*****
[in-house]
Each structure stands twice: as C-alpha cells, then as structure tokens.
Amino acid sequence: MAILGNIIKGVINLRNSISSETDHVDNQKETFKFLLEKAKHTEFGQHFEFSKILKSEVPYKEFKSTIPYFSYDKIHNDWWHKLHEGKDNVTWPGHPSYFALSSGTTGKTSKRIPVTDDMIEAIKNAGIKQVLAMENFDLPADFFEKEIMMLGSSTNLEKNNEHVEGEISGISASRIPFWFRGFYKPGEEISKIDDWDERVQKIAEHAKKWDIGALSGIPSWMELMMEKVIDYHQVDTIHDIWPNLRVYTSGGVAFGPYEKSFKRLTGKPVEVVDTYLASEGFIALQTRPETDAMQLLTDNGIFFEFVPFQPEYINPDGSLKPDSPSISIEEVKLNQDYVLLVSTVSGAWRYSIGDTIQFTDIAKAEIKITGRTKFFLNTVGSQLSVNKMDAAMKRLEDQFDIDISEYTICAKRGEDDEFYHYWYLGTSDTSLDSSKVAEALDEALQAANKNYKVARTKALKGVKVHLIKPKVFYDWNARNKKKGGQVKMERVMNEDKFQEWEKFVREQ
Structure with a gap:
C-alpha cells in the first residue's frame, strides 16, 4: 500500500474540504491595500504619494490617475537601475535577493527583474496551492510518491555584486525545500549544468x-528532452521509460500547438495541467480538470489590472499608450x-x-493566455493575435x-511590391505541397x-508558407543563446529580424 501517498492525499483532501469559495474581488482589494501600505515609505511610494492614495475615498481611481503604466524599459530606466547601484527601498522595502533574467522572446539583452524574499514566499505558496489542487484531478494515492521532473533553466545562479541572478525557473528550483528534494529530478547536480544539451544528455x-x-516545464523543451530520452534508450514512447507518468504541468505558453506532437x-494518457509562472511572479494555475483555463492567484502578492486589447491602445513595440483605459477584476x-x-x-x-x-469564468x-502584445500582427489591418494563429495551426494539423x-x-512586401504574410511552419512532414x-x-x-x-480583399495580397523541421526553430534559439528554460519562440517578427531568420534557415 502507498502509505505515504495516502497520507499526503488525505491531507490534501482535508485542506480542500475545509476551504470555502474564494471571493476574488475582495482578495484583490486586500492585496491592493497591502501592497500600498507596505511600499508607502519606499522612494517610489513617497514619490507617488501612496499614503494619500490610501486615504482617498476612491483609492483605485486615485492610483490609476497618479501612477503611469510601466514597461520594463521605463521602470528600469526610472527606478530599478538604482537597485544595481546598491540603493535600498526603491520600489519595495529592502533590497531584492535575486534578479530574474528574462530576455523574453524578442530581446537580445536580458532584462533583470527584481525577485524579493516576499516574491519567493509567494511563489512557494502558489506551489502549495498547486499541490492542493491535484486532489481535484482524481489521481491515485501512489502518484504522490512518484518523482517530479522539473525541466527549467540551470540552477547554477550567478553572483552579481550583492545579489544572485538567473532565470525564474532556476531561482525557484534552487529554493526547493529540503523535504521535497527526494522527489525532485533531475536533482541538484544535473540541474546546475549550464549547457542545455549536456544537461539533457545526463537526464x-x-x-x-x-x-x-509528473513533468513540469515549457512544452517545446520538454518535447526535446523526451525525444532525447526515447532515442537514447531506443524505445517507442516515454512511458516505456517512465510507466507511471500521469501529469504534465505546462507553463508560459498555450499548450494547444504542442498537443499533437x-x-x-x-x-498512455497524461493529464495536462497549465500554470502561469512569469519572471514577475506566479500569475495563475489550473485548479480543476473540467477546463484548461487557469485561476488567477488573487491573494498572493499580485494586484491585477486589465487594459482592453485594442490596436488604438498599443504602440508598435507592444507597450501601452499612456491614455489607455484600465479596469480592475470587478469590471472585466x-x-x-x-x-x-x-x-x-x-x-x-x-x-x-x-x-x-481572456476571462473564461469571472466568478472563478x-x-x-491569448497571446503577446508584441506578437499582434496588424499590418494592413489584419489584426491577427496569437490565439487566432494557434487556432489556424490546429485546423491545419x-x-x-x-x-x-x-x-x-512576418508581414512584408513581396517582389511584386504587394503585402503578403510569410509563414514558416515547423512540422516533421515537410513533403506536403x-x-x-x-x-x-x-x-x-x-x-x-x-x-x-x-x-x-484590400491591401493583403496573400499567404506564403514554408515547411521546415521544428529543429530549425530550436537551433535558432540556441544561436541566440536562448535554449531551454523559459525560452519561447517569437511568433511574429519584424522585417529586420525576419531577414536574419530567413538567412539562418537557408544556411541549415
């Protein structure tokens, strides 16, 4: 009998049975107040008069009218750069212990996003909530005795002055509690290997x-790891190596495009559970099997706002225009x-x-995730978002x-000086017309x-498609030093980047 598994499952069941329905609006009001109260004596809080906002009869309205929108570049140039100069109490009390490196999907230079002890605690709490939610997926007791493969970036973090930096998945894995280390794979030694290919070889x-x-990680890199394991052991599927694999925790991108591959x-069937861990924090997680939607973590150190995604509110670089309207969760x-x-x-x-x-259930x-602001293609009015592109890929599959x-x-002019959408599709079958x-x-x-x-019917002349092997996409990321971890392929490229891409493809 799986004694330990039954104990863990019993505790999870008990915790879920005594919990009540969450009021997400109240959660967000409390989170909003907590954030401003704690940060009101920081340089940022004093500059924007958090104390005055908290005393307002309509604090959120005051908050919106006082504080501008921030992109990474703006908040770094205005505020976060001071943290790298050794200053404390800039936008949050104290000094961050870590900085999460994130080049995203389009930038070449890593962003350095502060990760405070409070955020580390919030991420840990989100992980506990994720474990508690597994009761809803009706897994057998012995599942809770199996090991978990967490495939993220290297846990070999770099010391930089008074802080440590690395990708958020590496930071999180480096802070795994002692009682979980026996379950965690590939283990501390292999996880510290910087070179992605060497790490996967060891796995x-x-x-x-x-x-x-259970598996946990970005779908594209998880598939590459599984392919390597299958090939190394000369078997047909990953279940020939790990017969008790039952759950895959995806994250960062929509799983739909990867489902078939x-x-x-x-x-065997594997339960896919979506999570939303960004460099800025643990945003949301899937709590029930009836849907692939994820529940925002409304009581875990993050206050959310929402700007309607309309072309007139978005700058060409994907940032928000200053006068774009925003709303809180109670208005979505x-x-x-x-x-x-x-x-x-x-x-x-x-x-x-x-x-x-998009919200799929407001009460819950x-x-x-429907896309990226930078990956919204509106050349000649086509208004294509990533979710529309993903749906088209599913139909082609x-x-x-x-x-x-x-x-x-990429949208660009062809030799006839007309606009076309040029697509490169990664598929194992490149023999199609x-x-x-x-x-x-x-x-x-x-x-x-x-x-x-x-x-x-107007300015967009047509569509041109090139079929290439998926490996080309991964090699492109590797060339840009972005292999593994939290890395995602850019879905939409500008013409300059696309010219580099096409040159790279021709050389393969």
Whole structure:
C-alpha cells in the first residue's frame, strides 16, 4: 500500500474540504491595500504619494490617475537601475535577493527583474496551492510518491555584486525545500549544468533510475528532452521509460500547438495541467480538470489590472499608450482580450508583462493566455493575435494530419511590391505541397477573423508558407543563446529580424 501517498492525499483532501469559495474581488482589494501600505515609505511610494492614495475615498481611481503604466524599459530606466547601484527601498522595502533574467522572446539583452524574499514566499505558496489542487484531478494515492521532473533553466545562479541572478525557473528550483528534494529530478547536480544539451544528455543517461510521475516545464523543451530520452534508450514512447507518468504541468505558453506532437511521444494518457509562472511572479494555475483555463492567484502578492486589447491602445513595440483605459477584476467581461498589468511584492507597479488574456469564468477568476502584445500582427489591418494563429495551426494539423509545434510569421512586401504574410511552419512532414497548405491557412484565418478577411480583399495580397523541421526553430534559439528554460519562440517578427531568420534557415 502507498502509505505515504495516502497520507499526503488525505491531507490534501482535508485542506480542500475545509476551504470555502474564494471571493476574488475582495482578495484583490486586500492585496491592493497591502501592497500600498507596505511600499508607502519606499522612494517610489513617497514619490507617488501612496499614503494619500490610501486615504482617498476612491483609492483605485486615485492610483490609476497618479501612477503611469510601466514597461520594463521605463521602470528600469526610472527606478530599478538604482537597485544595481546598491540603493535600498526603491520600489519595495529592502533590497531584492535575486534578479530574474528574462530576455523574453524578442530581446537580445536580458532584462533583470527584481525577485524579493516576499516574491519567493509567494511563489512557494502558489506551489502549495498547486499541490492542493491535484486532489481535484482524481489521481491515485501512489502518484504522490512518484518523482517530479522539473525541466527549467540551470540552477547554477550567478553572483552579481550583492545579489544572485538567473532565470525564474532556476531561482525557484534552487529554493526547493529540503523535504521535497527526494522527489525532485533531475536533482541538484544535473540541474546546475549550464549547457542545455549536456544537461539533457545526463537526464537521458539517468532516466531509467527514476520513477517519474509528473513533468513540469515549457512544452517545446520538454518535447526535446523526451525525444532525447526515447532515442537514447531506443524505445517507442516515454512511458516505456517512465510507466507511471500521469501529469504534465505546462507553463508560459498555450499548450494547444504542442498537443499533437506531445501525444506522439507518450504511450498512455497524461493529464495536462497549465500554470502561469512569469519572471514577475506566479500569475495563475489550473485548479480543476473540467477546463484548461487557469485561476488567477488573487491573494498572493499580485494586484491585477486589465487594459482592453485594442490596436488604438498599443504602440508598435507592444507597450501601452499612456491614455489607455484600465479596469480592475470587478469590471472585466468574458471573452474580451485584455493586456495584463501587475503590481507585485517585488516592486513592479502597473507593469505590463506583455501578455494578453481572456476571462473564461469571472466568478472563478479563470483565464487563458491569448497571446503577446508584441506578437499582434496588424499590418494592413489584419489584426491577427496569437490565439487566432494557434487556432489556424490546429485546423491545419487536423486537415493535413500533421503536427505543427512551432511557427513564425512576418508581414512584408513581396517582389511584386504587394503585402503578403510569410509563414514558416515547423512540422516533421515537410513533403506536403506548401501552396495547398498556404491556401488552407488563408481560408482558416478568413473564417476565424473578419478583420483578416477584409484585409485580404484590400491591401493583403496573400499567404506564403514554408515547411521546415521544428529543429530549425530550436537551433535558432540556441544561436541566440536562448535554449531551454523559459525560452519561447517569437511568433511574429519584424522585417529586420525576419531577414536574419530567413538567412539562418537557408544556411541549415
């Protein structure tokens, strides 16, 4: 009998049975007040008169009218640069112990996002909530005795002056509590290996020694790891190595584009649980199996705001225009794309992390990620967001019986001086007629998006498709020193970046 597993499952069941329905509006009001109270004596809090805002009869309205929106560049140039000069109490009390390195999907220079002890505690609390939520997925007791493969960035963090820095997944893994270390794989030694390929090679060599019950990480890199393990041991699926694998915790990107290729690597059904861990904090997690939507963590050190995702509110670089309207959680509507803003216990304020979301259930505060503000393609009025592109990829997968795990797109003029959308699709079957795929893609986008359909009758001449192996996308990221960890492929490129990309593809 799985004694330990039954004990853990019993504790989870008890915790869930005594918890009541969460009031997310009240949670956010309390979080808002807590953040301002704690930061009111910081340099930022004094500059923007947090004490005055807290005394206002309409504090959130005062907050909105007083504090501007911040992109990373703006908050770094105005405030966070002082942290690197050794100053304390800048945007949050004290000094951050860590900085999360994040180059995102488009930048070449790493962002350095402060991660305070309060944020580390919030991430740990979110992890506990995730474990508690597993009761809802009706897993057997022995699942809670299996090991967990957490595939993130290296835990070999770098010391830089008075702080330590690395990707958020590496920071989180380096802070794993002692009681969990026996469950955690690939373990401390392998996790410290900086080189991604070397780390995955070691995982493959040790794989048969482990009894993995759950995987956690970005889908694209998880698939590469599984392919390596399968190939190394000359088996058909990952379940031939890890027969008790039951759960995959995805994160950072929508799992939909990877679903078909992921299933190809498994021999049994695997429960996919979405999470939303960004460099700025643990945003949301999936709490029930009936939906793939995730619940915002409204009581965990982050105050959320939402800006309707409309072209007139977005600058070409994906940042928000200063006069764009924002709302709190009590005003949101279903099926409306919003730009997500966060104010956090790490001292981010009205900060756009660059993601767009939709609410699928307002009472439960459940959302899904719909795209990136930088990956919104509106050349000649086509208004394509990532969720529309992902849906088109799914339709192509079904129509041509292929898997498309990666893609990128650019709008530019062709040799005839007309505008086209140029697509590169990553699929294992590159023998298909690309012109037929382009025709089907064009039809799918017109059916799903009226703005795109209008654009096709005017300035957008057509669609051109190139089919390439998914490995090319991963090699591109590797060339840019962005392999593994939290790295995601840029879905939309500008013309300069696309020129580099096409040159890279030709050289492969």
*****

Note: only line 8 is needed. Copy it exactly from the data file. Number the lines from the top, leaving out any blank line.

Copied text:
C-alpha cells in the first residue's frame, strides 16, 4: 500500500474540504491595500504619494490617475537601475535577493527583474496551492510518491555584486525545500549544468533510475528532452521509460500547438495541467480538470489590472499608450482580450508583462493566455493575435494530419511590391505541397477573423508558407543563446529580424 501517498492525499483532501469559495474581488482589494501600505515609505511610494492614495475615498481611481503604466524599459530606466547601484527601498522595502533574467522572446539583452524574499514566499505558496489542487484531478494515492521532473533553466545562479541572478525557473528550483528534494529530478547536480544539451544528455543517461510521475516545464523543451530520452534508450514512447507518468504541468505558453506532437511521444494518457509562472511572479494555475483555463492567484502578492486589447491602445513595440483605459477584476467581461498589468511584492507597479488574456469564468477568476502584445500582427489591418494563429495551426494539423509545434510569421512586401504574410511552419512532414497548405491557412484565418478577411480583399495580397523541421526553430534559439528554460519562440517578427531568420534557415 502507498502509505505515504495516502497520507499526503488525505491531507490534501482535508485542506480542500475545509476551504470555502474564494471571493476574488475582495482578495484583490486586500492585496491592493497591502501592497500600498507596505511600499508607502519606499522612494517610489513617497514619490507617488501612496499614503494619500490610501486615504482617498476612491483609492483605485486615485492610483490609476497618479501612477503611469510601466514597461520594463521605463521602470528600469526610472527606478530599478538604482537597485544595481546598491540603493535600498526603491520600489519595495529592502533590497531584492535575486534578479530574474528574462530576455523574453524578442530581446537580445536580458532584462533583470527584481525577485524579493516576499516574491519567493509567494511563489512557494502558489506551489502549495498547486499541490492542493491535484486532489481535484482524481489521481491515485501512489502518484504522490512518484518523482517530479522539473525541466527549467540551470540552477547554477550567478553572483552579481550583492545579489544572485538567473532565470525564474532556476531561482525557484534552487529554493526547493529540503523535504521535497527526494522527489525532485533531475536533482541538484544535473540541474546546475549550464549547457542545455549536456544537461539533457545526463537526464537521458539517468532516466531509467527514476520513477517519474509528473513533468513540469515549457512544452517545446520538454518535447526535446523526451525525444532525447526515447532515442537514447531506443524505445517507442516515454512511458516505456517512465510507466507511471500521469501529469504534465505546462507553463508560459498555450499548450494547444504542442498537443499533437506531445501525444506522439507518450504511450498512455497524461493529464495536462497549465500554470502561469512569469519572471514577475506566479500569475495563475489550473485548479480543476473540467477546463484548461487557469485561476488567477488573487491573494498572493499580485494586484491585477486589465487594459482592453485594442490596436488604438498599443504602440508598435507592444507597450501601452499612456491614455489607455484600465479596469480592475470587478469590471472585466468574458471573452474580451485584455493586456495584463501587475503590481507585485517585488516592486513592479502597473507593469505590463506583455501578455494578453481572456476571462473564461469571472466568478472563478479563470483565464487563458491569448497571446503577446508584441506578437499582434496588424499590418494592413489584419489584426491577427496569437490565439487566432494557434487556432489556424490546429485546423491545419487536423486537415493535413500533421503536427505543427512551432511557427513564425512576418508581414512584408513581396517582389511584386504587394503585402503578403510569410509563414514558416515547423512540422516533421515537410513533403506536403506548401501552396495547398498556404491556401488552407488563408481560408482558416478568413473564417476565424473578419478583420483578416477584409484585409485580404484590400491591401493583403496573400499567404506564403514554408515547411521546415521544428529543429530549425530550436537551433535558432540556441544561436541566440536562448535554449531551454523559459525560452519561447517569437511568433511574429519584424522585417529586420525576419531577414536574419530567413538567412539562418537557408544556411541549415